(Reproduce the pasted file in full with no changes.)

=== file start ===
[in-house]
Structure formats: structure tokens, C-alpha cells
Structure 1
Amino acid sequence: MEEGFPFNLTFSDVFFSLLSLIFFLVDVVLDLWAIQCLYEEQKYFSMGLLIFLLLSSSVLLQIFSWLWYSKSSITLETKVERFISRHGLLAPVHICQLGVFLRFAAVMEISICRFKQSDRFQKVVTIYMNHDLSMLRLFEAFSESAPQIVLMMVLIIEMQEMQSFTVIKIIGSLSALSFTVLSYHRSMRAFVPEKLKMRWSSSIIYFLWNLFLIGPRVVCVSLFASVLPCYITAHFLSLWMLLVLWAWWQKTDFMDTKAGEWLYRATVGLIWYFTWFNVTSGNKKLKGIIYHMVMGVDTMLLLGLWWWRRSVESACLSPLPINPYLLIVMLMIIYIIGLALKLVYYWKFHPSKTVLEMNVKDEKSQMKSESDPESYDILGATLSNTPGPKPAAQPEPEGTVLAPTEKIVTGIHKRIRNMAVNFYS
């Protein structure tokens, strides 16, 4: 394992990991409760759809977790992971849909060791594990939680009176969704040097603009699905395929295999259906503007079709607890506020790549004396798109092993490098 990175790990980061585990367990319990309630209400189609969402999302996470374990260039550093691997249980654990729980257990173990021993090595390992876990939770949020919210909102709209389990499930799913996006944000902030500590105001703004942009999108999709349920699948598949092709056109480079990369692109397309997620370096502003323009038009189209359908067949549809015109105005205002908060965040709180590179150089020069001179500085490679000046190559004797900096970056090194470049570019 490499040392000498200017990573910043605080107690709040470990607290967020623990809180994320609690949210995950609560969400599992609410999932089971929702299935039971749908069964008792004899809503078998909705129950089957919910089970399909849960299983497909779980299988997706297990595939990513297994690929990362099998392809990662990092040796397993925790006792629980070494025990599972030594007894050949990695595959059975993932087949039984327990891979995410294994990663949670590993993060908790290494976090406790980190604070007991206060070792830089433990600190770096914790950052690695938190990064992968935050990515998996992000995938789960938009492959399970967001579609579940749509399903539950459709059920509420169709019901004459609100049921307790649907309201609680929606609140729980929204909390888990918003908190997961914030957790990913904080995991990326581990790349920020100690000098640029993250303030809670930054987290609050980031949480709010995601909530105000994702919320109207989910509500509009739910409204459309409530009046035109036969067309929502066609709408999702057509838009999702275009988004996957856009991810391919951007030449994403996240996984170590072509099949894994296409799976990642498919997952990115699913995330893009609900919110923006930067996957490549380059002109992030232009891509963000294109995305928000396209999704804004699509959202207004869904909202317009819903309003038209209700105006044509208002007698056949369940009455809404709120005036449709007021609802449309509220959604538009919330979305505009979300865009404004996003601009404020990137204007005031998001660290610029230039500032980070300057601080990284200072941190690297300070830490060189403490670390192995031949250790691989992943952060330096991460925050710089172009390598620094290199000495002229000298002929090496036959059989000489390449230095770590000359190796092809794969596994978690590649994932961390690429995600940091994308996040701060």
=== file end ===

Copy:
[in-house]
Structure formats: structure tokens, C-alpha cells
Structure 1
Amino acid sequence: MEEGFPFNLTFSDVFFSLLSLIFFLVDVVLDLWAIQCLYEEQKYFSMGLLIFLLLSSSVLLQIFSWLWYSKSSITLETKVERFISRHGLLAPVHICQLGVFLRFAAVMEISICRFKQSDRFQKVVTIYMNHDLSMLRLFEAFSESAPQIVLMMVLIIEMQEMQSFTVIKIIGSLSALSFTVLSYHRSMRAFVPEKLKMRWSSSIIYFLWNLFLIGPRVVCVSLFASVLPCYITAHFLSLWMLLVLWAWWQKTDFMDTKAGEWLYRATVGLIWYFTWFNVTSGNKKLKGIIYHMVMGVDTMLLLGLWWWRRSVESACLSPLPINPYLLIVMLMIIYIIGLALKLVYYWKFHPSKTVLEMNVKDEKSQMKSESDPESYDILGATLSNTPGPKPAAQPEPEGTVLAPTEKIVTGIHKRIRNMAVNFYS
């Protein structure tokens, strides 16, 4: 394992990991409760759809977790992971849909060791594990939680009176969704040097603009699905395929295999259906503007079709607890506020790549004396798109092993490098 990175790990980061585990367990319990309630209400189609969402999302996470374990260039550093691997249980654990729980257990173990021993090595390992876990939770949020919210909102709209389990499930799913996006944000902030500590105001703004942009999108999709349920699948598949092709056109480079990369692109397309997620370096502003323009038009189209359908067949549809015109105005205002908060965040709180590179150089020069001179500085490679000046190559004797900096970056090194470049570019 490499040392000498200017990573910043605080107690709040470990607290967020623990809180994320609690949210995950609560969400599992609410999932089971929702299935039971749908069964008792004899809503078998909705129950089957919910089970399909849960299983497909779980299988997706297990595939990513297994690929990362099998392809990662990092040796397993925790006792629980070494025990599972030594007894050949990695595959059975993932087949039984327990891979995410294994990663949670590993993060908790290494976090406790980190604070007991206060070792830089433990600190770096914790950052690695938190990064992968935050990515998996992000995938789960938009492959399970967001579609579940749509399903539950459709059920509420169709019901004459609100049921307790649907309201609680929606609140729980929204909390888990918003908190997961914030957790990913904080995991990326581990790349920020100690000098640029993250303030809670930054987290609050980031949480709010995601909530105000994702919320109207989910509500509009739910409204459309409530009046035109036969067309929502066609709408999702057509838009999702275009988004996957856009991810391919951007030449994403996240996984170590072509099949894994296409799976990642498919997952990115699913995330893009609900919110923006930067996957490549380059002109992030232009891509963000294109995305928000396209999704804004699509959202207004869904909202317009819903309003038209209700105006044509208002007698056949369940009455809404709120005036449709007021609802449309509220959604538009919330979305505009979300865009404004996003601009404020990137204007005031998001660290610029230039500032980070300057601080990284200072941190690297300070830490060189403490670390192995031949250790691989992943952060330096991460925050710089172009390598620094290199000495002229000298002929090496036959059989000489390449230095770590000359190796092809794969596994978690590649994932961390690429995600940091994308996040701060």